Pets Health Supplement
Myco Essentials - Protecting what's important


Photo Gallery

Figure 1. The fan shaped fruiting body of Reishi (Ganoderma lucidum).

Figure 2. An alternative view of the previous figure illustrating the length of the stem (stipe) of the mushroom. This bracket fungus is easily dried and can be grown from supplemented substrates.

Figure 3. The "Antler" form of Reishi. This peculiar form occurs when the carbon dioxide levels of the growing environment are elevated. Antler Reishi was once particularly sought because of its unique health promoting properties. This form is now cultivated and more readily available.

Figure 4. Reishi mycelium fully colonizing a malt-extract agar media plate. Notice the slight yellow pigment released by the mycelium as it matures. This single plate can be used to inoculate multiple jars of organic rye for further propagation.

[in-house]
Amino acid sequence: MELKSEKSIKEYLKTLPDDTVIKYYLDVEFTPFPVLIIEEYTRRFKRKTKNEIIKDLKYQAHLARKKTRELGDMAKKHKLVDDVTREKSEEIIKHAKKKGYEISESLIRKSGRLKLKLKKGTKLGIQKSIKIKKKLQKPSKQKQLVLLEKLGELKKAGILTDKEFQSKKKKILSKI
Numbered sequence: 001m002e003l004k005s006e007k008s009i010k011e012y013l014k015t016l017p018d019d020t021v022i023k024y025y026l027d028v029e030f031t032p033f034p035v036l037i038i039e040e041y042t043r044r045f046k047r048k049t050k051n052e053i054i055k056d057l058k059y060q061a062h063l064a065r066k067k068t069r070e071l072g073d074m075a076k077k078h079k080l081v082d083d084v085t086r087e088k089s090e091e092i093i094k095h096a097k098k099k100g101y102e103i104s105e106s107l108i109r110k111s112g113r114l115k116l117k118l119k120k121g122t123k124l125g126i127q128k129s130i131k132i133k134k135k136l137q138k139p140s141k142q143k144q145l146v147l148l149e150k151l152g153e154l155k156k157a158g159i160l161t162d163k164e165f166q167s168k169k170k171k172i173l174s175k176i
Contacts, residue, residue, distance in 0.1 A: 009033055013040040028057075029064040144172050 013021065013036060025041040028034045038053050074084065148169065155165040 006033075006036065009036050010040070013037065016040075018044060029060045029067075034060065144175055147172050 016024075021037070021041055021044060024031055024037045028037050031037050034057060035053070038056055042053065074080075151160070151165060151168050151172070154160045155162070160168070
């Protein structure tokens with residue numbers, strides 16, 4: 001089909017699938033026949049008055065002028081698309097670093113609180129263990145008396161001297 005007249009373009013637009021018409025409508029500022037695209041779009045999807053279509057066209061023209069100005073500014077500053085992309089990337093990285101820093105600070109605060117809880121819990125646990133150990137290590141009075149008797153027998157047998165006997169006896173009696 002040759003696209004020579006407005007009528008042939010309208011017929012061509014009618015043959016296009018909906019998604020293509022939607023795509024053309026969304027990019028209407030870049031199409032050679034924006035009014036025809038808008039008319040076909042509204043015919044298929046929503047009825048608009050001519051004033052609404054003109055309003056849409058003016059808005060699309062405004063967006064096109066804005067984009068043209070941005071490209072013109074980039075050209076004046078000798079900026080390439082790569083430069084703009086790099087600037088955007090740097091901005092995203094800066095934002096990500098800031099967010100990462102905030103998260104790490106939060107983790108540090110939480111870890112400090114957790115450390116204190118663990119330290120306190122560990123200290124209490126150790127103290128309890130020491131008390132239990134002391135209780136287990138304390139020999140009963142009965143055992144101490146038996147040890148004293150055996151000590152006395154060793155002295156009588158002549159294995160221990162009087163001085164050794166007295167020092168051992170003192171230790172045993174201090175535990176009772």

Figure 5. Lion's mane (Hericinum erinaceus) mycelium colonizing a agar plate containing malt extract. Notice the often dramatic rhizomorphic (rope like) growth of this mycelium relative to the Reishi mycelium on Figure 4.

Figure 6. The Japanese strain of Shiitake from which the mycelial products featured on this site are derived. This mushroom was the first to emerge after approximately one year following inoculation of a hardwood log with Shiitake mycelium via the plug spawn method. The logs can continue to produce mushrooms for up to five years post inoculation.

Figure 7. The first flush of King Oyster (Pleurotus eryngii) mushrooms emerging from a sterilized substrate.

Figure 8. Reishi mycelium initiating the colonization of sterilized organic rye grain.

Figure 9. The same jar as Figure 8 after 34 days. The pure Reishi mycelium has completely colonized the rye kernels. Harvesting of the mycelial product normally occurs at approximately three to six months following full colonization of the substrate.